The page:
Nordstrom confirmed Friday that the retailer cut 120 jobs in its IT operations last week, GeekWire reports. The retailer said that the cuts were part of a restructuring of its tech team, which has been ongoing for the past seven months.
Although top positions weren’t part of the cuts, GeekWire notes that executives have left the department store’s tech team in recent weeks, including VP of technology Bill Tucker, VP of enterprise architecture and system development & support John Mayfield, and EVP of selling technology Sam Hogenson.
The 120 job cuts are in addition to 10 job cuts reported by GeekWire earlier this month.
Nordstrom has made its technology revamp no secret, or of its need to cut costs in the face of disappointing results in recent quarters. The retailer recently reported revenues and earnings that missed expectations during the all-important holiday season.
Nordstrom has fared better when compared to others in the department store space, but continues to face headwinds in apparel sales and falling traffic. It has seen success in its e-commerce units though, including flash-sales site HauteLook and Trunk Club, which it recently opened up to women as well as men.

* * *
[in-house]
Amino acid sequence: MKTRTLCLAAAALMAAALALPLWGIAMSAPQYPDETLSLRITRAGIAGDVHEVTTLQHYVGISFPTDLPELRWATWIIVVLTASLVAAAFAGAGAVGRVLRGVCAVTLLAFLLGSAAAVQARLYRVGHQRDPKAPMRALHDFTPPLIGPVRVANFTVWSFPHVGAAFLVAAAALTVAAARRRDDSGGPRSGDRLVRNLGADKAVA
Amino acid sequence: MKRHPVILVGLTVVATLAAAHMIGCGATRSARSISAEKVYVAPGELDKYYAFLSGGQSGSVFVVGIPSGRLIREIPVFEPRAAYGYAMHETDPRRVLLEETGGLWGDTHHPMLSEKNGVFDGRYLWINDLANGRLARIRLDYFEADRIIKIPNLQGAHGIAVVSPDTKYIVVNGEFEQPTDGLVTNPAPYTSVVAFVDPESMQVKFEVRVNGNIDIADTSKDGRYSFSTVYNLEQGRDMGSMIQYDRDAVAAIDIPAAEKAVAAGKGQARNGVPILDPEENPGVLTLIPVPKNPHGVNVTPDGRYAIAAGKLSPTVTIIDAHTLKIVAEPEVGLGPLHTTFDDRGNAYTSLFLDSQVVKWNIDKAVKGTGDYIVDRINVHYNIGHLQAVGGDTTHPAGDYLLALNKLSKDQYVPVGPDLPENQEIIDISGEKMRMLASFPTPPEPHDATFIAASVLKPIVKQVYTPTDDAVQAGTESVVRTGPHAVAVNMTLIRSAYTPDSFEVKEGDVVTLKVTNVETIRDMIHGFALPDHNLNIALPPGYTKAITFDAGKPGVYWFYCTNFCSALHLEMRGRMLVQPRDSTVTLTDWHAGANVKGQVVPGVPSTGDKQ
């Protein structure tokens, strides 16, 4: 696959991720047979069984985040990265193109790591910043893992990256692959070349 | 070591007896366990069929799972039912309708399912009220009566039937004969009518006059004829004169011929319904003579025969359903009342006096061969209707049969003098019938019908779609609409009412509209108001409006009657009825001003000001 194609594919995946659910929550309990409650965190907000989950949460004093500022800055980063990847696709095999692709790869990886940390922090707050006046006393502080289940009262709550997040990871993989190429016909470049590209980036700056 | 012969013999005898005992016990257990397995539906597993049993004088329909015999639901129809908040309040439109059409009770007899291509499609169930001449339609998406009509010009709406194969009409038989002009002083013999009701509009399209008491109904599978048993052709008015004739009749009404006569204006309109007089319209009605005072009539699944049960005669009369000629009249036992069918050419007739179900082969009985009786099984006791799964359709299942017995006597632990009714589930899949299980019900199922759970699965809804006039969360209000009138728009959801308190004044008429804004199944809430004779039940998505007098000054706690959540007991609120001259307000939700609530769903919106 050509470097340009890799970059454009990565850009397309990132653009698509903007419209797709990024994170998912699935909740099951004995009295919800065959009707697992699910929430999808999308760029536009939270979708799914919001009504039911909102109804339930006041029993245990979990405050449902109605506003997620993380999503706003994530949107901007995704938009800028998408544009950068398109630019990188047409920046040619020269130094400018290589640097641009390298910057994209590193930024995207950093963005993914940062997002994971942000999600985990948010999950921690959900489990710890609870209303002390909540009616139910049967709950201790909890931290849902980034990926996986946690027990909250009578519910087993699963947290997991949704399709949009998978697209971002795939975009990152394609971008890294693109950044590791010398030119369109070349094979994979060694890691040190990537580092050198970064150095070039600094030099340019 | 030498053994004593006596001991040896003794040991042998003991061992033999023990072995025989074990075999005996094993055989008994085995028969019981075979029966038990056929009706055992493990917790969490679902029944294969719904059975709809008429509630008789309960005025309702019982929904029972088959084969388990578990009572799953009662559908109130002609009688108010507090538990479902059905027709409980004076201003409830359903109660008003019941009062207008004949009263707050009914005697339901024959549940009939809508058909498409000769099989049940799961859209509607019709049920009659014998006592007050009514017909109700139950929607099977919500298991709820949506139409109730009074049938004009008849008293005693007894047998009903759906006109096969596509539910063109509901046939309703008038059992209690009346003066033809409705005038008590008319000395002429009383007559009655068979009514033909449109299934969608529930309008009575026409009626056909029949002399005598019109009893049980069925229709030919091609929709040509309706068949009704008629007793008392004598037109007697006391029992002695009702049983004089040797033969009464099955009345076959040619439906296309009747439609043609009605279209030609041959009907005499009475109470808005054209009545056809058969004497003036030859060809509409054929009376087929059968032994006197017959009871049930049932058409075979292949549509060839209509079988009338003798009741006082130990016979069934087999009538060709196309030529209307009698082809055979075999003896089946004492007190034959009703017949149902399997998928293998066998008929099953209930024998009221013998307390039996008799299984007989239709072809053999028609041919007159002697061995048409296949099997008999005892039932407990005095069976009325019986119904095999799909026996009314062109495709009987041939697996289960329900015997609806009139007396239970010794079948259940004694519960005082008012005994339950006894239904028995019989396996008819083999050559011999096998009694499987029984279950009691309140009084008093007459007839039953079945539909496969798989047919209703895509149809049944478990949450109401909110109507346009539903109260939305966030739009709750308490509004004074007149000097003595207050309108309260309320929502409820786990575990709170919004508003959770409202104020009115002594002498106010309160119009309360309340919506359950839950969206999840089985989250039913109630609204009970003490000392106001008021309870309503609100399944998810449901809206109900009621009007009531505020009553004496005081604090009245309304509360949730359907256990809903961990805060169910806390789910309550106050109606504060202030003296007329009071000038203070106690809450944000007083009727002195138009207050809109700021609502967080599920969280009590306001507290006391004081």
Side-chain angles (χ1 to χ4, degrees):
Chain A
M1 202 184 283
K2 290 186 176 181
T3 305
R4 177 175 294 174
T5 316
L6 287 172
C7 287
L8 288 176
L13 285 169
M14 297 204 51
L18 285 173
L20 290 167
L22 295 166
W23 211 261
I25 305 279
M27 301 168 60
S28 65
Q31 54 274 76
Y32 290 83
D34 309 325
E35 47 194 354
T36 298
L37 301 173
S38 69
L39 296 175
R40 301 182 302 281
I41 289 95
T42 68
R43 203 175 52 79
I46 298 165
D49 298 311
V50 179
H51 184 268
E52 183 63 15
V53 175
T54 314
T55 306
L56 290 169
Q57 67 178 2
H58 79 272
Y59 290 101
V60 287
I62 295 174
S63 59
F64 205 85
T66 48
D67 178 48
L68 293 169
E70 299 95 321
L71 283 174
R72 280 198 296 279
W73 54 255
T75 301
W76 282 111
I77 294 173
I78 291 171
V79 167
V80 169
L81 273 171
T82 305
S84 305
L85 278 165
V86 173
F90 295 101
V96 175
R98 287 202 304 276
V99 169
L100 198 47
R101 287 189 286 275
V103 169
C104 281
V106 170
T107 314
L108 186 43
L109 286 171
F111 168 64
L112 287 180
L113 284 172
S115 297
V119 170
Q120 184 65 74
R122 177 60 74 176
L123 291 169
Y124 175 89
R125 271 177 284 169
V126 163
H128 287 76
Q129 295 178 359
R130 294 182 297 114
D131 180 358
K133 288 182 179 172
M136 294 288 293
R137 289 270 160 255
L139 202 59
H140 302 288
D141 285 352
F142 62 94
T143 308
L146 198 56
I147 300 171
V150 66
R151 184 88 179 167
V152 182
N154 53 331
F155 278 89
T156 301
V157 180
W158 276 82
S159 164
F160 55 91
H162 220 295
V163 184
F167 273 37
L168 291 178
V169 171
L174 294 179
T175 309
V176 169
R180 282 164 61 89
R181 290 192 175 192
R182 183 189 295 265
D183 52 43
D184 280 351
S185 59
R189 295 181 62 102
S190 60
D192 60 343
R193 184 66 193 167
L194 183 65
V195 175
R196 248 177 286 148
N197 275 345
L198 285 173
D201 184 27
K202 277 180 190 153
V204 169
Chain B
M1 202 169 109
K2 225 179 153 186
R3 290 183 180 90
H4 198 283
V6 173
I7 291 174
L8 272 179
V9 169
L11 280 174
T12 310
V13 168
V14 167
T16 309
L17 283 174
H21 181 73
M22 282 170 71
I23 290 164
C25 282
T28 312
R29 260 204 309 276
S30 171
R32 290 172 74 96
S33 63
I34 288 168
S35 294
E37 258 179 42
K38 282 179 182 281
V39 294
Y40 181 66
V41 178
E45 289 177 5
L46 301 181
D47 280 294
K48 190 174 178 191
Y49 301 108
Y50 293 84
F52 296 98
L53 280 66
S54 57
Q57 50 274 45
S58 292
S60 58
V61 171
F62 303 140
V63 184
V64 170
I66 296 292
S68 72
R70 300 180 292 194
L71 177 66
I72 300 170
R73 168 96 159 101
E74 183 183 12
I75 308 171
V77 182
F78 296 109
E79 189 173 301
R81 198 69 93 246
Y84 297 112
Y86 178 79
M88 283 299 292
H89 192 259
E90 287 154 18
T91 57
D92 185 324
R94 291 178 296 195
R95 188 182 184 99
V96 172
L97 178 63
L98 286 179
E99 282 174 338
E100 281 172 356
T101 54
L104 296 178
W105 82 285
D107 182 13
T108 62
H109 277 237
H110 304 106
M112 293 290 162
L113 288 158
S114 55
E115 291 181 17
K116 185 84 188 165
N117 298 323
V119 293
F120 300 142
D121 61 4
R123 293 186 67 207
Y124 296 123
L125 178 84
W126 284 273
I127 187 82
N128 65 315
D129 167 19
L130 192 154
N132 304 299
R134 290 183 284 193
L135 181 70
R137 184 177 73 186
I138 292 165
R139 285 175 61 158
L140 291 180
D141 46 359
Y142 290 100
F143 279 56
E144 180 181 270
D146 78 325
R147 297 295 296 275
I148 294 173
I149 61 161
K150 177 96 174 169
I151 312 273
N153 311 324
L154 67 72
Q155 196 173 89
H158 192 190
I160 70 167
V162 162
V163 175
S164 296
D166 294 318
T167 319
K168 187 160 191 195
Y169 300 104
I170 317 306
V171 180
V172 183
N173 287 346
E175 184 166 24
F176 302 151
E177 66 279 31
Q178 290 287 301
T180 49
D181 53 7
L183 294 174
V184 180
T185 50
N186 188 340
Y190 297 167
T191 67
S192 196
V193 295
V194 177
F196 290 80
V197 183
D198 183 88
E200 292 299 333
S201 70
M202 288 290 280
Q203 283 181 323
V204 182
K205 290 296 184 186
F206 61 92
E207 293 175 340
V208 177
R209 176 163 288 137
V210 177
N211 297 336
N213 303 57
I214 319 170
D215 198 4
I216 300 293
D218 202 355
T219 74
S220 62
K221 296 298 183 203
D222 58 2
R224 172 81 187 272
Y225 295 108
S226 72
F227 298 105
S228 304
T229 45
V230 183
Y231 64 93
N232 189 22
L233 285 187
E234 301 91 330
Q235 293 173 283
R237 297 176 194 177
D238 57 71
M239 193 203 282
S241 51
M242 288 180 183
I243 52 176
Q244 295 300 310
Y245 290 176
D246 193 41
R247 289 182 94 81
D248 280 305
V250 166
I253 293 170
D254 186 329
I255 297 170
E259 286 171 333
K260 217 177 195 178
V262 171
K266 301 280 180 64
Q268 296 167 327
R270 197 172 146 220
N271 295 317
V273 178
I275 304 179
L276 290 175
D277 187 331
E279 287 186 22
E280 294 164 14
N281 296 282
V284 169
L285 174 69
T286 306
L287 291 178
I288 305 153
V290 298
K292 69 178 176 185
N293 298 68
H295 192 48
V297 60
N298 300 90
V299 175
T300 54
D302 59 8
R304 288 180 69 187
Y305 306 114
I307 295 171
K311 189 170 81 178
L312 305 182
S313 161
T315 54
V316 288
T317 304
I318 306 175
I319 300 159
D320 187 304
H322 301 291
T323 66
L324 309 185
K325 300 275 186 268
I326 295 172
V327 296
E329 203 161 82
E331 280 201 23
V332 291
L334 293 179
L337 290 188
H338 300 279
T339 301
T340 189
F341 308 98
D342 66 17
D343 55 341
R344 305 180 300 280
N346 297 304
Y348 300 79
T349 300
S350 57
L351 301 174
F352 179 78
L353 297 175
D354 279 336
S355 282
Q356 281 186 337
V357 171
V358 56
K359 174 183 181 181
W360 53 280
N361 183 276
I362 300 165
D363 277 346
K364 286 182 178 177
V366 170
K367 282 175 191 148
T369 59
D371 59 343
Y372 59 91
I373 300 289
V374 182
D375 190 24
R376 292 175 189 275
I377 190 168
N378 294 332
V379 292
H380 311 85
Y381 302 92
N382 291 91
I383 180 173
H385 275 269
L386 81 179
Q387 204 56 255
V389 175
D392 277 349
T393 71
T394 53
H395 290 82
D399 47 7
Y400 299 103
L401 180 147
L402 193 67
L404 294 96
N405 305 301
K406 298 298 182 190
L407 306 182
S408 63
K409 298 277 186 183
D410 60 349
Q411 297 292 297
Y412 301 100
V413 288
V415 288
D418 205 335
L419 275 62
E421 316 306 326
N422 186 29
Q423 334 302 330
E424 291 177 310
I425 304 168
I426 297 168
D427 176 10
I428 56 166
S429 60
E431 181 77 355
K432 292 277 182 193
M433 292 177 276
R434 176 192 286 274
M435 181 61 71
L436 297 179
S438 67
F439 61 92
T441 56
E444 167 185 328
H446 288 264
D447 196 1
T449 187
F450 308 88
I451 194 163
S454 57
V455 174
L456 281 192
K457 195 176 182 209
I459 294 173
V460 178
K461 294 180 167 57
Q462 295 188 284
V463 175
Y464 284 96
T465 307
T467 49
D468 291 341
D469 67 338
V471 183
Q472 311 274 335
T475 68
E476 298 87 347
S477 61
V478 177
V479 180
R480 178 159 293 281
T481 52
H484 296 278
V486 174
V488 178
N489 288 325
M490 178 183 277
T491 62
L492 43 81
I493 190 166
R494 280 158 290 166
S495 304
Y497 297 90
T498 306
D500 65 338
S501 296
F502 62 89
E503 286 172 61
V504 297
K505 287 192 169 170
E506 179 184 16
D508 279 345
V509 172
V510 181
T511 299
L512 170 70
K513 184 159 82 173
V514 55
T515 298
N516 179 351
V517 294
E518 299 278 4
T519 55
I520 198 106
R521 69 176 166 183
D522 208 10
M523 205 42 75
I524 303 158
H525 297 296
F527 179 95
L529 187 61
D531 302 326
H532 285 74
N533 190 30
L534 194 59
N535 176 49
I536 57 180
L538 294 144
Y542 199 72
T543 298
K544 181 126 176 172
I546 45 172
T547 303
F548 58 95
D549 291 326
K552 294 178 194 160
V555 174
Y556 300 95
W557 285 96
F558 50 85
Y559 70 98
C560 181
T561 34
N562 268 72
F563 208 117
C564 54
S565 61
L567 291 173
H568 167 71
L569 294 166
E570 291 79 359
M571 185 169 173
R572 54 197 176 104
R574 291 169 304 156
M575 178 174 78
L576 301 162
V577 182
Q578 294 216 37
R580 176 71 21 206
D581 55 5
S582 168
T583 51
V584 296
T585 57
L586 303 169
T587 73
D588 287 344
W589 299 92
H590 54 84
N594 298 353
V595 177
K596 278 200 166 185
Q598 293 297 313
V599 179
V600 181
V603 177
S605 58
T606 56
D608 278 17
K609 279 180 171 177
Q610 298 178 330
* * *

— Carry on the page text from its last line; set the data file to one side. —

Retail futurist Doug Stephens, who remains confident in what he calls Nordstrom’s fundamentals, including its reputation for excellent customer service, has told Retail Dive that it would be a mistake for the retailer to achieve cost cutting by cutting store associates. It appears from these reports that the company is opting to trim its tech team instead.
That probably makes sense, considering that e-commerce continues to be a small slice of retail, despite two decades of transformation largely led by growing web sales.
Nordstrom is maintaining its $300 million spending level on its e-commerce, but perhaps that is the outer limit of what it’s willing to do considering that its brick-and-mortar stores are integral to its omnichannel success. Despite its tech cuts, Stephens says that Nordstrom is likely keeping a close eye on what it needs to survive.
“I think that Nordstrom has a very good sense of self,” Stephens told Retail Dive. “They understand who they are and what makes them strong, but at the same time they don’t rest on those laurels. And they are a company that is in touch with technology. They aren’t afraid to try new things and experiment.”